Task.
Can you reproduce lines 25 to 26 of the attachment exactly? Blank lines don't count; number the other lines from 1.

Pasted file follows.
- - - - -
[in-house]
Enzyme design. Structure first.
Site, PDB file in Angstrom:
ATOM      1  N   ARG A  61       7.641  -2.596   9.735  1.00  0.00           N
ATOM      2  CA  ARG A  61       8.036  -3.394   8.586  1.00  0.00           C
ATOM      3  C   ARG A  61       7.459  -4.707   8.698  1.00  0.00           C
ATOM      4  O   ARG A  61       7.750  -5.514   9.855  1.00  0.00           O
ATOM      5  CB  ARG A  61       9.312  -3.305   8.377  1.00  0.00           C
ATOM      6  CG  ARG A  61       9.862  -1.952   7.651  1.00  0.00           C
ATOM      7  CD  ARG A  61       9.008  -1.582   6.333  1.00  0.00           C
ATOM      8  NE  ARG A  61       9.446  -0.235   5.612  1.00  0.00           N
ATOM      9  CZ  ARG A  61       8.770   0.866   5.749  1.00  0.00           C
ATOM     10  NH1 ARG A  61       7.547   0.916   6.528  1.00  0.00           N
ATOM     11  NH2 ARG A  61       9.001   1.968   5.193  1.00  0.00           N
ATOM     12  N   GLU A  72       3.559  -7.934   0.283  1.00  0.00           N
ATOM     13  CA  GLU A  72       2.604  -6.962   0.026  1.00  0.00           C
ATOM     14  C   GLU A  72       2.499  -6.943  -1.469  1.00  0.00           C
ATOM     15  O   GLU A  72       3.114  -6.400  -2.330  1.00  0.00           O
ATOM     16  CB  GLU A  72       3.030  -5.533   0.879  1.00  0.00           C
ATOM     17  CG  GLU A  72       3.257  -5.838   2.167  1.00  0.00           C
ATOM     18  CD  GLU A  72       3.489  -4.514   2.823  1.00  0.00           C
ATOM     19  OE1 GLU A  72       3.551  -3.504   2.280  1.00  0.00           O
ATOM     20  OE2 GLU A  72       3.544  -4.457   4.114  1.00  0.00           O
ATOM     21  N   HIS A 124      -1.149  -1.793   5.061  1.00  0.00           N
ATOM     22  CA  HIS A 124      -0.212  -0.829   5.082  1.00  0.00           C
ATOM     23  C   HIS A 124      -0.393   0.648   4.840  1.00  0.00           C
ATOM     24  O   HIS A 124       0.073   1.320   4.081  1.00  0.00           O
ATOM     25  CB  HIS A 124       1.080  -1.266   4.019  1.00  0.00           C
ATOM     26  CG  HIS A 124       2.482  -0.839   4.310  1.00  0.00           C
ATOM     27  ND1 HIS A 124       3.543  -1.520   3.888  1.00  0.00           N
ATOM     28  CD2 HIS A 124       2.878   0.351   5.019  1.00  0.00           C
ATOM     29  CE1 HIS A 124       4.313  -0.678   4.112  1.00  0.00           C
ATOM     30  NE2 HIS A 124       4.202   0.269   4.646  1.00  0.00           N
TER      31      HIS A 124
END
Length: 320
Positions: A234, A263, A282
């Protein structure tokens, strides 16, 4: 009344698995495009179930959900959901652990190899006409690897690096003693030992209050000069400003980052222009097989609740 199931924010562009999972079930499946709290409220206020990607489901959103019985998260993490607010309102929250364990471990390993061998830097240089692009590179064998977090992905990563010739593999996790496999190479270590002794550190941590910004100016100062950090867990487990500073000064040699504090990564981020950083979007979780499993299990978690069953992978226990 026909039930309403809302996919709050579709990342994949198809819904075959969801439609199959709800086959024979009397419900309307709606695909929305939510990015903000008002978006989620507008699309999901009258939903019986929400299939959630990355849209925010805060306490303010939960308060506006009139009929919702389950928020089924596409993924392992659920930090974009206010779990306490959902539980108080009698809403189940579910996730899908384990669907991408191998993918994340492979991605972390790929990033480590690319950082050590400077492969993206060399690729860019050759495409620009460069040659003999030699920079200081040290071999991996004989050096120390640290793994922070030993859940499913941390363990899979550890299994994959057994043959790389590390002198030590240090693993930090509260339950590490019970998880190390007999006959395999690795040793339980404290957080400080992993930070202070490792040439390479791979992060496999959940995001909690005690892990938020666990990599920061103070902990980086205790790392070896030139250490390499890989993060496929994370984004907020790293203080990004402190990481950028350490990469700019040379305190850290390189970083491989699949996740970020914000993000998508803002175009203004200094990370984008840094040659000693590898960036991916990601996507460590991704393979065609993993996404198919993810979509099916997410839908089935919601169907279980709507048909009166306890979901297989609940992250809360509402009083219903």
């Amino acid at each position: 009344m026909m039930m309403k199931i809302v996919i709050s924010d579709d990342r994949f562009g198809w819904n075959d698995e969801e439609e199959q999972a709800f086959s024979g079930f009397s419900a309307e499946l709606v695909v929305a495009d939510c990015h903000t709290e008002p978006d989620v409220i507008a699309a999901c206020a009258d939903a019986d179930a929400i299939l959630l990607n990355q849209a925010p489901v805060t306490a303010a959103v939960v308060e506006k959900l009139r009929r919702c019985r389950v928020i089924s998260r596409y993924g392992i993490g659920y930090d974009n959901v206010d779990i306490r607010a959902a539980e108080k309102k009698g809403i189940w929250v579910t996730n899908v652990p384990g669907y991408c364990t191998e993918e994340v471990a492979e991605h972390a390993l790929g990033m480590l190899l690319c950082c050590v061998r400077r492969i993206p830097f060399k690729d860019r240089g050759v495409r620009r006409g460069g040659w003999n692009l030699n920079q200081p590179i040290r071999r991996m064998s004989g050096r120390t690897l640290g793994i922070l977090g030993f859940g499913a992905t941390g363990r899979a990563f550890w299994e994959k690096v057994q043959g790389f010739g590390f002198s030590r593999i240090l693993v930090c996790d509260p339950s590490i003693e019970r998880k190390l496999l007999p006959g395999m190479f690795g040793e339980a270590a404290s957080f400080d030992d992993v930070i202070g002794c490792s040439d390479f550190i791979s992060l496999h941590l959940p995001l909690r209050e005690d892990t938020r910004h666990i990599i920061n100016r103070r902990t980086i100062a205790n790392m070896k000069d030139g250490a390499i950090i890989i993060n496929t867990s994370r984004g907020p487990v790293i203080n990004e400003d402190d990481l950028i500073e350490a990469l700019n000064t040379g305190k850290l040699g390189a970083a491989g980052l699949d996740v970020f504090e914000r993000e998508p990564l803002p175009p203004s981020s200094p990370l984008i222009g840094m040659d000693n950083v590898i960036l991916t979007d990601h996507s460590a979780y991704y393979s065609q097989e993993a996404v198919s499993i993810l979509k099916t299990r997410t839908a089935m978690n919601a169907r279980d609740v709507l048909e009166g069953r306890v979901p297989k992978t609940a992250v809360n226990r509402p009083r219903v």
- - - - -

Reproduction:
ATOM     22  CA  HIS A 124      -0.212  -0.829   5.082  1.00  0.00           C
ATOM     23  C   HIS A 124      -0.393   0.648   4.840  1.00  0.00           C